The U.S. Open returns to the historic Winged Foot Golf Club in Mamaroneck, New York from 17-20 September. This 120th edition will mark the 40th anniversary of Rolex becoming the Championship’s Official Timekeeper.
The oldest of the United States’ three Majors, the U.S. Open was first held in 1895 at the Newport Golf Club, Rhode Island. Since then, this fabled event has been staged at some of the most iconic golf courses in the country. In 1980, Baltusrol Golf Club in New Jersey was the venue and it was there that Rolex’s relationship with this tournament began. That year the Swiss watchmaker also became the Official Timekeeper of the United States Golf Association (USGA), a role it retains to this day.
For more than 50 years, the bond between Rolex and golf has evolved and strengthened. The partnership was founded with a pioneering agreement in 1967 when Arnold Palmer, joined by his great friends and rivals Jack Nicklaus and Gary Player – The Big Three – became the brand’s first golfing Testimonees. In the ensuing decades, Rolex has become part of the very fabric of the game through pivotal alliances not only with the USGA but also with The R&A, its partner in governing the sport worldwide. This rich golfing heritage, based on a shared commitment to perpetual excellence, has been the basis for Rolex and the U.S. Open’s long-lasting association.
This year, the Championship returns to the always testing West Course at Winged Foot for the sixth time in its history, having first been played at the Mamaroneck club in 1929. Renowned for its tight, tree-lined fairways and thick, punishing rough, Winged Foot is true to U.S. Open tradition, demanding accuracy and precision – qualities reflected in Rolex’s watchmaking endeavours.
One Rolex Testimonee familiar with the challenges presented by Winged Foot is American Phil Mickelson, who narrowly missed out on lifting his first U.S. Open trophy when the tournament was last played there in 2006. One of the greatest players of all time and a golfer who continues a relentless pursuit of perfection, the 50-year-old is set to contest his 29th U.S. Open. Victory would make him just the sixth man to complete the career Grand Slam of winning all four Major trophies.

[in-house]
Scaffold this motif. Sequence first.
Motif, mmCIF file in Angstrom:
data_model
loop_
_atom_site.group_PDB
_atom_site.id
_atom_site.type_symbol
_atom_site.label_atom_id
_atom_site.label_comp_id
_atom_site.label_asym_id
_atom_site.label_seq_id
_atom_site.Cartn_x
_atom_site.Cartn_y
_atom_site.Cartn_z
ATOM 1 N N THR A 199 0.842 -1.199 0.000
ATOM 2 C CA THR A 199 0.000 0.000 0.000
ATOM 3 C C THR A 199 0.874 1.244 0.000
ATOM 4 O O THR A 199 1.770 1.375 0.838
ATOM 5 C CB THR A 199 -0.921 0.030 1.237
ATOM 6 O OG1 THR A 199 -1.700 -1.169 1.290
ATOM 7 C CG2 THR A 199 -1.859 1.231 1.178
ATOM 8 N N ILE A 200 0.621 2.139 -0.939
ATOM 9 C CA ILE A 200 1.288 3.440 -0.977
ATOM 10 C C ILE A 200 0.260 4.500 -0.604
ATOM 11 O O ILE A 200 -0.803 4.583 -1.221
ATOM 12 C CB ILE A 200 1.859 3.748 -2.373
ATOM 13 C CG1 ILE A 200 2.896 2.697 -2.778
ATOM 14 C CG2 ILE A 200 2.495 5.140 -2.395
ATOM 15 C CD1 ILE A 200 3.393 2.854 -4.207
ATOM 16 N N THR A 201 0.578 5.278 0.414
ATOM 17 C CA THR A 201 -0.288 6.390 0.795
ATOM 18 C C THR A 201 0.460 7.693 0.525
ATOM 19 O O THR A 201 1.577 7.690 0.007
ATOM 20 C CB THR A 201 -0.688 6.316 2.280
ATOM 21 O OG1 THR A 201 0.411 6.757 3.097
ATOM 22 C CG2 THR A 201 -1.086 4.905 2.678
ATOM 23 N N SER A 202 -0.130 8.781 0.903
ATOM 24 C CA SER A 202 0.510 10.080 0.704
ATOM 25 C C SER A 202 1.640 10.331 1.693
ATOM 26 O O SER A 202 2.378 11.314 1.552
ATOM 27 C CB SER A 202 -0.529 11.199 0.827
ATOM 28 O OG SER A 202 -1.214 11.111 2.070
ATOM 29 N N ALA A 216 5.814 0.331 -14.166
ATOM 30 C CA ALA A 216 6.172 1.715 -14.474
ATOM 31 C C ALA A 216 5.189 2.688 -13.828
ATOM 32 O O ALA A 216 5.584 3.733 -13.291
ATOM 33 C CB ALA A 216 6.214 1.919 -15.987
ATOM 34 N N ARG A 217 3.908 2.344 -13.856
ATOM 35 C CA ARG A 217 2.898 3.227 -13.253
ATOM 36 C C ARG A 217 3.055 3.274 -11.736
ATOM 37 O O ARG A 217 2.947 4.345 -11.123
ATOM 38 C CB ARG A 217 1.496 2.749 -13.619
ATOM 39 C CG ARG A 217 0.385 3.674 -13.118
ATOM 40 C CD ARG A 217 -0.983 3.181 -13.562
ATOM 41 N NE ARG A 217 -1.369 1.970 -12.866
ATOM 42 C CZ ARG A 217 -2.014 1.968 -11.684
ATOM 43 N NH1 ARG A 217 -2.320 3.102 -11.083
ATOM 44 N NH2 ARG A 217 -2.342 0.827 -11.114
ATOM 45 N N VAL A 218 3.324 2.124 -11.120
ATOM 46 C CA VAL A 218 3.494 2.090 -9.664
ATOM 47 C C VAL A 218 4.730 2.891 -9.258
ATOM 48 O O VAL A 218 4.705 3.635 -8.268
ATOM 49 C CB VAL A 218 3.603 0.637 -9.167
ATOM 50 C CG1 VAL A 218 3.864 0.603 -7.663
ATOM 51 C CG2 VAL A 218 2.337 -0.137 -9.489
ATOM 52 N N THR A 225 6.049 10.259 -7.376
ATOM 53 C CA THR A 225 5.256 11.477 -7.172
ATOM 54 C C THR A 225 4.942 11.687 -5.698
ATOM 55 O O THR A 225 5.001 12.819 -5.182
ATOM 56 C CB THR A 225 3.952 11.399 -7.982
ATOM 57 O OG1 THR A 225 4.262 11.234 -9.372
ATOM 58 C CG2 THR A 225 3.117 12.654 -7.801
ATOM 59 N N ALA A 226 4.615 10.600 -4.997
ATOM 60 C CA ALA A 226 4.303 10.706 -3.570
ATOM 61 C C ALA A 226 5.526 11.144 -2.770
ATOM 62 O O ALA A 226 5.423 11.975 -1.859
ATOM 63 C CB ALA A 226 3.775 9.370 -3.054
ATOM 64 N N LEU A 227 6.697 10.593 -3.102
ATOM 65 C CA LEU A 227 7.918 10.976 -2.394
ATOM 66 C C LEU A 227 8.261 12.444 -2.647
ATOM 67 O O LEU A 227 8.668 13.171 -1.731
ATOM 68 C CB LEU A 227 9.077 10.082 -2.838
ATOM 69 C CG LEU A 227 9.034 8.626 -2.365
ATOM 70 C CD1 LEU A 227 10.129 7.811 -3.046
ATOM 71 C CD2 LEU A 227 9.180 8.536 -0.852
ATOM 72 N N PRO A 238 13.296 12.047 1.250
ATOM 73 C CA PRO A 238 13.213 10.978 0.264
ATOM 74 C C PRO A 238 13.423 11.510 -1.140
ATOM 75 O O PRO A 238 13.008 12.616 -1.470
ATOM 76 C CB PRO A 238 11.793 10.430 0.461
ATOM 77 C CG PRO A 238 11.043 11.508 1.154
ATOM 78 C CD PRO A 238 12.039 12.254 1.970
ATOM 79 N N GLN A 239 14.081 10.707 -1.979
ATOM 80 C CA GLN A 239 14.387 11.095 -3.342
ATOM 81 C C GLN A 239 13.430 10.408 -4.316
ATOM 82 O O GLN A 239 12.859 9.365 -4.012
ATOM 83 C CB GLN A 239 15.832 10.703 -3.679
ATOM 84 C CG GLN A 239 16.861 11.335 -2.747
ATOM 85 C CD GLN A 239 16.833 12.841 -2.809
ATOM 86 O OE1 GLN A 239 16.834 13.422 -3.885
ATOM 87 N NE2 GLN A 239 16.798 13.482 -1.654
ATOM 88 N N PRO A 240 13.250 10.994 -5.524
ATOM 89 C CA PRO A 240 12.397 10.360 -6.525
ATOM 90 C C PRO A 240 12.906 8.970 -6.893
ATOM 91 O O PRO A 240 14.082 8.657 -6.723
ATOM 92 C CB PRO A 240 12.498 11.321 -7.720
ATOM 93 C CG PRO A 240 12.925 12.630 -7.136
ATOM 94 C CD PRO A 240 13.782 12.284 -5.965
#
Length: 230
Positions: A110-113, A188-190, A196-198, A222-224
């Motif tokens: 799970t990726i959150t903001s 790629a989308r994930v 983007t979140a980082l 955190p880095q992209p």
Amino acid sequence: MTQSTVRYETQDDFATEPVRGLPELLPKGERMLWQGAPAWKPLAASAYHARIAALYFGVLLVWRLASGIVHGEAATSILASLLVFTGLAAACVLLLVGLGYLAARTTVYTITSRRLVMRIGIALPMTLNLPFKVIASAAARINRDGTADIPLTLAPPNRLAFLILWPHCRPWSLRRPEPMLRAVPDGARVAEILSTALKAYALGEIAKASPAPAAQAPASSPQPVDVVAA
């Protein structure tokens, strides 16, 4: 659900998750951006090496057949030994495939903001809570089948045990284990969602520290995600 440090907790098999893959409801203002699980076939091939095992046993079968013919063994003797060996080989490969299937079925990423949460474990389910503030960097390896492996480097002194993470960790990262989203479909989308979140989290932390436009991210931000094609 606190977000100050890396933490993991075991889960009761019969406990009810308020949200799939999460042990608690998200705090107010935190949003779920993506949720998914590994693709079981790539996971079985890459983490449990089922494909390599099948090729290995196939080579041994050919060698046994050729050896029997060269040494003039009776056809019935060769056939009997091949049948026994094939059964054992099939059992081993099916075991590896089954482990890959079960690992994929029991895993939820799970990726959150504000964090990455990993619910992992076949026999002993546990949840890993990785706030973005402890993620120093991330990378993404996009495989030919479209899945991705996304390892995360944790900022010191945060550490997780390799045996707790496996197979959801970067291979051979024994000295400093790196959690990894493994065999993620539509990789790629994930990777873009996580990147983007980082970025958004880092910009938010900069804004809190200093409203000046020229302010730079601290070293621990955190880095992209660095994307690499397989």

Joining Mickelson as part of a formidable group of Testimonees competing at the 2020 U.S. Open are golfers who embody the style and exceptional levels of performance for which Rolex is renowned worldwide. Leading them will be Mickelson’s greatest rival over the past two decades, the former World No. 1 Tiger Woods.
The most successful golfer of his generation, Woods has won 15 Major titles since 1997, including the U.S. Open on three occasions (2000, 2002, 2008). Almost 25 years after his first Major triumph, he remains a contender in all the Majors, as evidenced by his victory at the 2019 Masters at Augusta National, which Rolex has partnered since 1999. He returns to New York state aiming to close in on the all-time record of 18 Major titles held by fellow Testimonee Jack Nicklaus.
Among Woods’ rivals at Winged Foot will be the current World No. 2, Rolex Testimonee Jon Rahm. The Spaniard reached the top of the Official World Golf Ranking for the first time in July when he won the Memorial Tournament. This victory, coupled with his tie for third in this event last year at Pebble Beach Golf Links, are further confirmation that he has the all-round game to go one step further this year and claim his maiden Major title.
Other Rolex Testimonees competing at this year’s U.S. Open who have already tasted Major success include Australians Jason Day and Adam Scott, 2015 champion Jordan Spieth, and the in-form Justin Thomas who has enjoyed an exceptional 2020 season and enters the tournament tied for most PGA TOUR victories this year with three. Members of the Rolex New Guard – a talented group of young golfers all keen to make their mark on the sport – seeking their first Major trophy include Joaquín Niemann of Chile and American duo Cameron Champ and Matthew Wolff.
U.S. OPEN ROLEX TESTIMONEE WINNERS
Arnold Palmer (1960)
Jack Nicklaus (1962, 1967, 1972, 1980)
Gary Player (1965)
Tom Watson (1982)
Curtis Strange (1988, 1989)
Tiger Woods (2000, 2002, 2008)
Retief Goosen (2001, 2004)
Martin Kaymer (2014)
Jordan Spieth (2015)
Brooks Koepka (2017, 2018)